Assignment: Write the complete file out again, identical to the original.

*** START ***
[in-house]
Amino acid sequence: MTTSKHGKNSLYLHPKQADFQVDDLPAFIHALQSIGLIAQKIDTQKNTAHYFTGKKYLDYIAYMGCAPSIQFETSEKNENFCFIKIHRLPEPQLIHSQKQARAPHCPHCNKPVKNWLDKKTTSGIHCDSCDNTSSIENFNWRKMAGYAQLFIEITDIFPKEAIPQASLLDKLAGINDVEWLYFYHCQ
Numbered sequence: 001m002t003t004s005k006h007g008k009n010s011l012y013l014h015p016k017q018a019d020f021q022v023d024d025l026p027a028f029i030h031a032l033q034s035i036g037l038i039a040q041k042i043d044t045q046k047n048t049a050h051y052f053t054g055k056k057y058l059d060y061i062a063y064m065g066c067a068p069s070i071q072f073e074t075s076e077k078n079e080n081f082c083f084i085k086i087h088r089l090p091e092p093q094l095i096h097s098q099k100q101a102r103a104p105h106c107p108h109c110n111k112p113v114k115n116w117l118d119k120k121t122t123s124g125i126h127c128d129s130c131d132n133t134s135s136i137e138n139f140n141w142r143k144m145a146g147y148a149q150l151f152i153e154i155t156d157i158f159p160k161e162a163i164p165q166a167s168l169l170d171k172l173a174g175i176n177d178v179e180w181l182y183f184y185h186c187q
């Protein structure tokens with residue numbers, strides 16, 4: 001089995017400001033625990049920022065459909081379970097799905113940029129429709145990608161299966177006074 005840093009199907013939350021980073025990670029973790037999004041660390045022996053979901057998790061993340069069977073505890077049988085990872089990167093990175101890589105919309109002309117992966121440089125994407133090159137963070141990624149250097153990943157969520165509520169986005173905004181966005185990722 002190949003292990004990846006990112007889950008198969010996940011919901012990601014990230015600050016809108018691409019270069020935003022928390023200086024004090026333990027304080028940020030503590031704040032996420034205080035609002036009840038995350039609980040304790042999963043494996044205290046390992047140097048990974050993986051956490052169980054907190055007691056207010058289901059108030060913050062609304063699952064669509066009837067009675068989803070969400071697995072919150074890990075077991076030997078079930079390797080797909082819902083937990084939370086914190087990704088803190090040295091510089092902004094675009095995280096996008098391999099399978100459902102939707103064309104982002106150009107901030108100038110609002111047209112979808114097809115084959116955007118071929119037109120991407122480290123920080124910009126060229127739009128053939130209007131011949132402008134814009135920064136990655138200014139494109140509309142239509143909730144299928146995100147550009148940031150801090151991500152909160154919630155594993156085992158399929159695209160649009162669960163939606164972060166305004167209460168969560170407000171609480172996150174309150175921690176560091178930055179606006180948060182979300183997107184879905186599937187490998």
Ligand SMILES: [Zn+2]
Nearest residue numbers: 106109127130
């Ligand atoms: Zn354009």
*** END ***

[in-house]
Amino acid sequence: MTTSKHGKNSLYLHPKQADFQVDDLPAFIHALQSIGLIAQKIDTQKNTAHYFTGKKYLDYIAYMGCAPSIQFETSEKNENFCFIKIHRLPEPQLIHSQKQARAPHCPHCNKPVKNWLDKKTTSGIHCDSCDNTSSIENFNWRKMAGYAQLFIEITDIFPKEAIPQASLLDKLAGINDVEWLYFYHCQ
Numbered sequence: 001m002t003t004s005k006h007g008k009n010s011l012y013l014h015p016k017q018a019d020f021q022v023d024d025l026p027a028f029i030h031a032l033q034s035i036g037l038i039a040q041k042i043d044t045q046k047n048t049a050h051y052f053t054g055k056k057y058l059d060y061i062a063y064m065g066c067a068p069s070i071q072f073e074t075s076e077k078n079e080n081f082c083f084i085k086i087h088r089l090p091e092p093q094l095i096h097s098q099k100q101a102r103a104p105h106c107p108h109c110n111k112p113v114k115n116w117l118d119k120k121t122t123s124g125i126h127c128d129s130c131d132n133t134s135s136i137e138n139f140n141w142r143k144m145a146g147y148a149q150l151f152i153e154i155t156d157i158f159p160k161e162a163i164p165q166a167s168l169l170d171k172l173a174g175i176n177d178v179e180w181l182y183f184y185h186c187q
């Protein structure tokens with residue numbers, strides 16, 4: 001089995017400001033625990049920022065459909081379970097799905113940029129429709145990608161299966177006074 005840093009199907013939350021980073025990670029973790037999004041660390045022996053979901057998790061993340069069977073505890077049988085990872089990167093990175101890589105919309109002309117992966121440089125994407133090159137963070141990624149250097153990943157969520165509520169986005173905004181966005185990722 002190949003292990004990846006990112007889950008198969010996940011919901012990601014990230015600050016809108018691409019270069020935003022928390023200086024004090026333990027304080028940020030503590031704040032996420034205080035609002036009840038995350039609980040304790042999963043494996044205290046390992047140097048990974050993986051956490052169980054907190055007691056207010058289901059108030060913050062609304063699952064669509066009837067009675068989803070969400071697995072919150074890990075077991076030997078079930079390797080797909082819902083937990084939370086914190087990704088803190090040295091510089092902004094675009095995280096996008098391999099399978100459902102939707103064309104982002106150009107901030108100038110609002111047209112979808114097809115084959116955007118071929119037109120991407122480290123920080124910009126060229127739009128053939130209007131011949132402008134814009135920064136990655138200014139494109140509309142239509143909730144299928146995100147550009148940031150801090151991500152909160154919630155594993156085992158399929159695209160649009162669960163939606164972060166305004167209460168969560170407000171609480172996150174309150175921690176560091178930055179606006180948060182979300183997107184879905186599937187490998």
Ligand SMILES: [Zn+2]
Nearest residue numbers: 106109127130
């Ligand atoms: Zn354009």